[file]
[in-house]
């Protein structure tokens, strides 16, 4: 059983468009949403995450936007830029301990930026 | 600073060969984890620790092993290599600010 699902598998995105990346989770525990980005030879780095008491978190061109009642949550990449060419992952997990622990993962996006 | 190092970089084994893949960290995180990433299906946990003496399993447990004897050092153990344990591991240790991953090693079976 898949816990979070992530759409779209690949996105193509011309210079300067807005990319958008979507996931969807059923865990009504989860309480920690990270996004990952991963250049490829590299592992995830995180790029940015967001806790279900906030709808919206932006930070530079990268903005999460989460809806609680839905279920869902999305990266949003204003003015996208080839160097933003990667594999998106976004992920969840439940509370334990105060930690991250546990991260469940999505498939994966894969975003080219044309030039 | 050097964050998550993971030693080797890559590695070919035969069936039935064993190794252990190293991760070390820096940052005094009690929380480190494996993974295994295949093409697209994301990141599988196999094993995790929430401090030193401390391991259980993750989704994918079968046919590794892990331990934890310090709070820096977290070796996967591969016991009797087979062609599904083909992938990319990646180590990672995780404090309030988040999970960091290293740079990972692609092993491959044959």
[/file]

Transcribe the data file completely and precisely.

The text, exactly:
[in-house]
């Protein structure tokens, strides 16, 4: 059983468009949403995450936007830029301990930026 | 600073060969984890620790092993290599600010 699902598998995105990346989770525990980005030879780095008491978190061109009642949550990449060419992952997990622990993962996006 | 190092970089084994893949960290995180990433299906946990003496399993447990004897050092153990344990591991240790991953090693079976 898949816990979070992530759409779209690949996105193509011309210079300067807005990319958008979507996931969807059923865990009504989860309480920690990270996004990952991963250049490829590299592992995830995180790029940015967001806790279900906030709808919206932006930070530079990268903005999460989460809806609680839905279920869902999305990266949003204003003015996208080839160097933003990667594999998106976004992920969840439940509370334990105060930690991250546990991260469940999505498939994966894969975003080219044309030039 | 050097964050998550993971030693080797890559590695070919035969069936039935064993190794252990190293991760070390820096940052005094009690929380480190494996993974295994295949093409697209994301990141599988196999094993995790929430401090030193401390391991259980993750989704994918079968046919590794892990331990934890310090709070820096977290070796996967591969016991009797087979062609599904083909992938990319990646180590990672995780404090309030988040999970960091290293740079990972692609092993491959044959």